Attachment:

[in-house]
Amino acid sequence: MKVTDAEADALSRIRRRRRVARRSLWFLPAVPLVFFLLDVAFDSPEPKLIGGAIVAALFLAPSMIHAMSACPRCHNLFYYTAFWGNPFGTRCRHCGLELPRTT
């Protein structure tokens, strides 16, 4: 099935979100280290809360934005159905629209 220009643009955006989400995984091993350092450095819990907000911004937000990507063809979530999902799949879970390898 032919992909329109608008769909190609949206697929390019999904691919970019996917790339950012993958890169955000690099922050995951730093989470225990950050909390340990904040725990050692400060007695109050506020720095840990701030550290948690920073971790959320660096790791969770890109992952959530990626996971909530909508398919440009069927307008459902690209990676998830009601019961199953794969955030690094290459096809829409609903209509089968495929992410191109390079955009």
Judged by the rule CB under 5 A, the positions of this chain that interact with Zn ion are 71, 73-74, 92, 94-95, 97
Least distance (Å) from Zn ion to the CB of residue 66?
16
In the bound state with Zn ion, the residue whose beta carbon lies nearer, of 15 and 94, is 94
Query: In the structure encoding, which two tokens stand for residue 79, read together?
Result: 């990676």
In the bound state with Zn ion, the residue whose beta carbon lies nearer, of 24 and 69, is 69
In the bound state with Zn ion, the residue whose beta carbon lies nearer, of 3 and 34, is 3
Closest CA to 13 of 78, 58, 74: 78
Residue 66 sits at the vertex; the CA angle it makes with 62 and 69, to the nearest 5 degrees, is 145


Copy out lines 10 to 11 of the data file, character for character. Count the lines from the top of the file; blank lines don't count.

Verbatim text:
In the bound state with Zn ion, the residue whose beta carbon lies nearer, of 24 and 69, is 69
In the bound state with Zn ion, the residue whose beta carbon lies nearer, of 3 and 34, is 3